A Social Business Incubator In The Eastern Congo
15x6 Luvungi-rice-header.jpg

ADPA: rice co-operative on the Rusizi Plain

 

The Rusizi Plain lies next to the border between DRC and Burundi, south of Bukavu and north of Uvira. The people living on the plain suffered throughout the first and second Congolese wars when troops moved across the border and thousands of refugees lived in camps alongside the 8,000 rice farmers eking out a living from small plots.

Today there are thousands of refugees from Burundi and the insecurity continues with several armed groups based in the area.

Decades of conflict and poverty have taken their toll on the people, especially the children. Malnutrition is widespread with many showing advanced signs of kwashiorkor

Happily, the region has begun to move forward thanks to the work of several rice co-operatives, the largest of which is ADPA who are based in Luvungi in the northern part of the plain. They pay a significantly better price than that available to the growers who sell in local markets and they provide credit for example when farmers need to pay school fees. They also provide a base level of medical support and agronomic advice to improve yields.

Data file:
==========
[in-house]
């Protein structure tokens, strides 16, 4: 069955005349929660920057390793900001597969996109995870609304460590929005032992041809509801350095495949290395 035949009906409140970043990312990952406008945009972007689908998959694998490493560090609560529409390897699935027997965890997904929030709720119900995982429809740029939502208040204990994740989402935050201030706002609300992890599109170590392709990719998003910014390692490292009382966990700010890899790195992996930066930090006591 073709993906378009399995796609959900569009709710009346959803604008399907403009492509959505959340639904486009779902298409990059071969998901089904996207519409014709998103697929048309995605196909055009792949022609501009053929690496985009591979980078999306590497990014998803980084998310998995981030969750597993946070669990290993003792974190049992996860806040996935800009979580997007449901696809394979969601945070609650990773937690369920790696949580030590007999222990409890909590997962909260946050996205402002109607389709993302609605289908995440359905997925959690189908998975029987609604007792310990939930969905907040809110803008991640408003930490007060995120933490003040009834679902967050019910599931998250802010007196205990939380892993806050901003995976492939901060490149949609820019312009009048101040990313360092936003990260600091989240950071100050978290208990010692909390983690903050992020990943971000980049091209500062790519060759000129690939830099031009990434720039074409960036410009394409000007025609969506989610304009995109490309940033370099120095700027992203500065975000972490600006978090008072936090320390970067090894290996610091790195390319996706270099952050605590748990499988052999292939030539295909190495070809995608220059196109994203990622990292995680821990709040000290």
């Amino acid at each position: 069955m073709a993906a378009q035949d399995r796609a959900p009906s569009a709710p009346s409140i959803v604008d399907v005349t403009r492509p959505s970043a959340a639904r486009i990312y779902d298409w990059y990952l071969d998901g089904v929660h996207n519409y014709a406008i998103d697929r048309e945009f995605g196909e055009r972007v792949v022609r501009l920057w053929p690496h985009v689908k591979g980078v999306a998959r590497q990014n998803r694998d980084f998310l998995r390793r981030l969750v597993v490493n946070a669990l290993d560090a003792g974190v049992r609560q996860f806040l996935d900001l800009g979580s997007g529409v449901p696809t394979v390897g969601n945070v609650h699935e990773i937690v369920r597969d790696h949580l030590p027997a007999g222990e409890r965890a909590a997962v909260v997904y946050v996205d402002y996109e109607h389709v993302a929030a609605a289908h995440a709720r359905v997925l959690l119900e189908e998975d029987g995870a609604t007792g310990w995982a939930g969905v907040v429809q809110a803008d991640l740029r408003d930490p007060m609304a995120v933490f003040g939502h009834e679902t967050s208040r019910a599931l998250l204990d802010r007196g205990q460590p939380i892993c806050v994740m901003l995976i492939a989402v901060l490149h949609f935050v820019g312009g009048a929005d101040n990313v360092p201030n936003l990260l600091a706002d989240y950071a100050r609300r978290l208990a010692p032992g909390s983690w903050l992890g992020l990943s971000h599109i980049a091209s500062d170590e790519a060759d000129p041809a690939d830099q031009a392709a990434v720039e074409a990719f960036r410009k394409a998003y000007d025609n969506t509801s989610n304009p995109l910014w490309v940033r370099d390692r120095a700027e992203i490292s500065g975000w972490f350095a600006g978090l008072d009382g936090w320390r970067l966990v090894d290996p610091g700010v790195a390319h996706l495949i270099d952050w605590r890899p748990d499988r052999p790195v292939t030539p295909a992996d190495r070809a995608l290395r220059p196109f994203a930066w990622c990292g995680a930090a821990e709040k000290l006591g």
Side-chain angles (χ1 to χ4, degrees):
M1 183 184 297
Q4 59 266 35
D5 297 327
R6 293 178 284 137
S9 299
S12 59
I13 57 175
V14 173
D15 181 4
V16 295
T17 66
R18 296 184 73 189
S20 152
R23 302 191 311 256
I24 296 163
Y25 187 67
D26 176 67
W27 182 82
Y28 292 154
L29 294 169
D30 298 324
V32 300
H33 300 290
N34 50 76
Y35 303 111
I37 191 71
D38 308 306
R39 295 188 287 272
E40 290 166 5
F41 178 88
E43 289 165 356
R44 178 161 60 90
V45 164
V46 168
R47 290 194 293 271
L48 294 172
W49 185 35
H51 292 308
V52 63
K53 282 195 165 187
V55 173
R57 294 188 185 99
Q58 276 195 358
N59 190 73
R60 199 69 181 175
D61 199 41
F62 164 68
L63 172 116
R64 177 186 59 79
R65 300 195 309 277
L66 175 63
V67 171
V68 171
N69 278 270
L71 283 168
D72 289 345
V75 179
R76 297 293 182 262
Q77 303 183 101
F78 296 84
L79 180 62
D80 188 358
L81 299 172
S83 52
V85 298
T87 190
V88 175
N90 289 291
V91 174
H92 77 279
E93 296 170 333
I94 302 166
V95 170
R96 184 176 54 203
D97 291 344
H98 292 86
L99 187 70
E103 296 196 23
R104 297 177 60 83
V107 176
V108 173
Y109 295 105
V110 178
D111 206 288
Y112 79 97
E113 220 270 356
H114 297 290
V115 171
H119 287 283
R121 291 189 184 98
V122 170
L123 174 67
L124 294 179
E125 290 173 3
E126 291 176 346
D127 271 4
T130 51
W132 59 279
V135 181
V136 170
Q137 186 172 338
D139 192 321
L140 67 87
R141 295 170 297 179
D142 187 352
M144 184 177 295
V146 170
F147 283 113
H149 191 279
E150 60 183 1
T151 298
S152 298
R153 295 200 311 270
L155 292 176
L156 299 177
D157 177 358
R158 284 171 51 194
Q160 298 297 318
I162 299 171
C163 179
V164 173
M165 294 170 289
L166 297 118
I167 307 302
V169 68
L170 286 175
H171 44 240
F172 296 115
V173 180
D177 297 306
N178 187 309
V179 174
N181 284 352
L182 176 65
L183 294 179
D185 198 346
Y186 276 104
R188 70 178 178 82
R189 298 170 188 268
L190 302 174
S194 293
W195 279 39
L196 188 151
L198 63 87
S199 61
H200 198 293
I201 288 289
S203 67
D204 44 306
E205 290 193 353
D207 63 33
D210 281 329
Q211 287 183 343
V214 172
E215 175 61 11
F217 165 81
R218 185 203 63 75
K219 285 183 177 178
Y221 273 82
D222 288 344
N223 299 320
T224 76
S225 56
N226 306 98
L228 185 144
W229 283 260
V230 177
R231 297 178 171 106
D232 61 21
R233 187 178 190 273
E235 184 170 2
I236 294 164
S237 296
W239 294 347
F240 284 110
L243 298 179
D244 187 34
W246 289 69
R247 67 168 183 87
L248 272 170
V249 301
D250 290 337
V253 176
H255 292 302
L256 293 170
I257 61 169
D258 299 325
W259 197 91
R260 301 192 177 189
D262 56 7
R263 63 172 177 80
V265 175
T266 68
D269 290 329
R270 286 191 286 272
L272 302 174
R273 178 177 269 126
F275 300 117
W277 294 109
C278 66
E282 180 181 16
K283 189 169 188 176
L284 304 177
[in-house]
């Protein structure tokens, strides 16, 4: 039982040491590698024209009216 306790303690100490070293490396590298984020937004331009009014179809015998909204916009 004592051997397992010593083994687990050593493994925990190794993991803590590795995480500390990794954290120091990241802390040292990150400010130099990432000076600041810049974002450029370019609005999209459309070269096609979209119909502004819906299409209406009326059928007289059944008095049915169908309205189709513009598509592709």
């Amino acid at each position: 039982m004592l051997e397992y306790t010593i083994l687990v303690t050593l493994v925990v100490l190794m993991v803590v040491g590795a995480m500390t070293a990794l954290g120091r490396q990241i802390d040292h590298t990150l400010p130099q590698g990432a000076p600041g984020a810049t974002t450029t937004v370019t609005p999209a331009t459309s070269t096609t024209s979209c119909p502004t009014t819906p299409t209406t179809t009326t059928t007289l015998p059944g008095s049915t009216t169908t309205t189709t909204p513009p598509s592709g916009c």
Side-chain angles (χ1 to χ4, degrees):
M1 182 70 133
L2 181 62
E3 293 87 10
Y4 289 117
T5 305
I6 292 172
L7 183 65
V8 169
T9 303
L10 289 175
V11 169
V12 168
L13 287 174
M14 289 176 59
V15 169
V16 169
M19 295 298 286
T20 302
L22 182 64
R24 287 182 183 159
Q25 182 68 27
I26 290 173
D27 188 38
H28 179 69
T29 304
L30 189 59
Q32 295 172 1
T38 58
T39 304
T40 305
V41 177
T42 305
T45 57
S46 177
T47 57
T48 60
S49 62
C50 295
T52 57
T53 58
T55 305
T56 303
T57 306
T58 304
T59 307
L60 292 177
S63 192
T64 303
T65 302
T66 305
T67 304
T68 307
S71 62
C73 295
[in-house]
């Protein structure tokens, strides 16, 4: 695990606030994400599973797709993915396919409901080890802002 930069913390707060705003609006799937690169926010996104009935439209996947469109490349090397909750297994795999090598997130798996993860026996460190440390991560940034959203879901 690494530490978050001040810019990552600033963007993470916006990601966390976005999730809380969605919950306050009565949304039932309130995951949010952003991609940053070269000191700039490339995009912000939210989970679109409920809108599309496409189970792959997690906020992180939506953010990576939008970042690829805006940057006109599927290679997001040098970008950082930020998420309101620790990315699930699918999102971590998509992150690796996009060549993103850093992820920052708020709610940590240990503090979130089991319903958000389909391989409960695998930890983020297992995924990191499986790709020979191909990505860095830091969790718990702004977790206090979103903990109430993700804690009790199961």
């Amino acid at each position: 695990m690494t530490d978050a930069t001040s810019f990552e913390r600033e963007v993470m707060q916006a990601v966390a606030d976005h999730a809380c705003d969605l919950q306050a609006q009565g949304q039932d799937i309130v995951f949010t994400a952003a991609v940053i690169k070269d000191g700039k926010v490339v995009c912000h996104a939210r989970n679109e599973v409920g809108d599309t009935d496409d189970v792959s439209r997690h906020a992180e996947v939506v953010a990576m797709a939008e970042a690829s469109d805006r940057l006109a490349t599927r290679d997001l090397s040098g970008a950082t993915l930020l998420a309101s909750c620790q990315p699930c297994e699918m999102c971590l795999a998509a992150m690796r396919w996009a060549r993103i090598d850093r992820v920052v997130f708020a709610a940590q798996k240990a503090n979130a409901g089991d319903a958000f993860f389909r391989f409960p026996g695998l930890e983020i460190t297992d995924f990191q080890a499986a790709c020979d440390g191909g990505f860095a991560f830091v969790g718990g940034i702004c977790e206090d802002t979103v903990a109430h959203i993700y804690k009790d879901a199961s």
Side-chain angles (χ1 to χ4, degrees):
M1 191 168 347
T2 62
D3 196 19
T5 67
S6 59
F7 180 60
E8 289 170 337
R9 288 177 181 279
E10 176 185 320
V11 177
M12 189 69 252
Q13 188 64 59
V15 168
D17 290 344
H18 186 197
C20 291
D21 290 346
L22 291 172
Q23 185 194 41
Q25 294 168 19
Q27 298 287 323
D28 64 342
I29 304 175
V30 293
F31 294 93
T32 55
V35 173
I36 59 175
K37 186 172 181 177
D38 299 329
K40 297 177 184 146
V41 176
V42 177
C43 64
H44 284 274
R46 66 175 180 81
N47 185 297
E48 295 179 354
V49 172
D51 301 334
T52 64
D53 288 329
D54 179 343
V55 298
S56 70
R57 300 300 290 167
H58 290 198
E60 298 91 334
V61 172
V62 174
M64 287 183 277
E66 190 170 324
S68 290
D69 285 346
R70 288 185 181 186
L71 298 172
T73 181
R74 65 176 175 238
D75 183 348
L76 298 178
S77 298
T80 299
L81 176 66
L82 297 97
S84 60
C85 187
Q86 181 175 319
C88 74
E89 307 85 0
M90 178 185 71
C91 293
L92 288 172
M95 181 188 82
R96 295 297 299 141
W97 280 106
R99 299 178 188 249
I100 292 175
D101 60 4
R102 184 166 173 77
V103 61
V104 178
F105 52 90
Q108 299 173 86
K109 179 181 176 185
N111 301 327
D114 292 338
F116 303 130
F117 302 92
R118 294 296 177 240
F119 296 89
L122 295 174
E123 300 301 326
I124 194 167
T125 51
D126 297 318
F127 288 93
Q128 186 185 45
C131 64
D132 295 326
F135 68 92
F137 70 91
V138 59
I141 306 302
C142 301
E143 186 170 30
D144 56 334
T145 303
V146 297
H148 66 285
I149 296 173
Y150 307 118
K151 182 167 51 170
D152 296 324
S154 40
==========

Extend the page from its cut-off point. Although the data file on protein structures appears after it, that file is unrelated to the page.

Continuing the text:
Ensemble Pour la Difference started working with ADPA in 2014 ago by facilitating a $30,000 loan to fund an order for 450 tonnes of rice from the Bralima Brewery in Bukavu. The loan enabled ADPA to buy and store sufficient rice during the 6 month harvesting period to continue monthly deliveries during the fallow period.

The loan also boosted Bralima’s confidence in ADPA and an annual contract for 650 tonnes was agreed for 2015. Ensemble agreed to increase the loan to $50,000 to facilitate the contract and we maintained our financial support when the order from Bralima was increased still further in 2016. The order now rests at 1000 tonnes and is making a systemic difference to life on the plain as growers improve their housing and ability to feed and educate their children.

Each increase in the order has brought an incremental 1500 rice farmers into the scheme. The cooperative ensures they receive a significantly better price than that available in local markets and they have access to a fund for when they need credit for example to pay school fees. The cooperative also provides a base level of medical support and agronomic advice to improve yields.

Approximately 5000 rice growers now supply ADPA, which means that approximately 30,000 children have felt the benefits. The impact is tangible. They are better fed and live in better houses. They go to school and medicine is affordable when they are ill.

The contract with Bralima and resulting progress has also enabled ADPA to begin implementing plans for producing table rice alongside the rice produced for Bralima. They are moving towards a balanced supply of different qualities of rice, eventually without the need for loans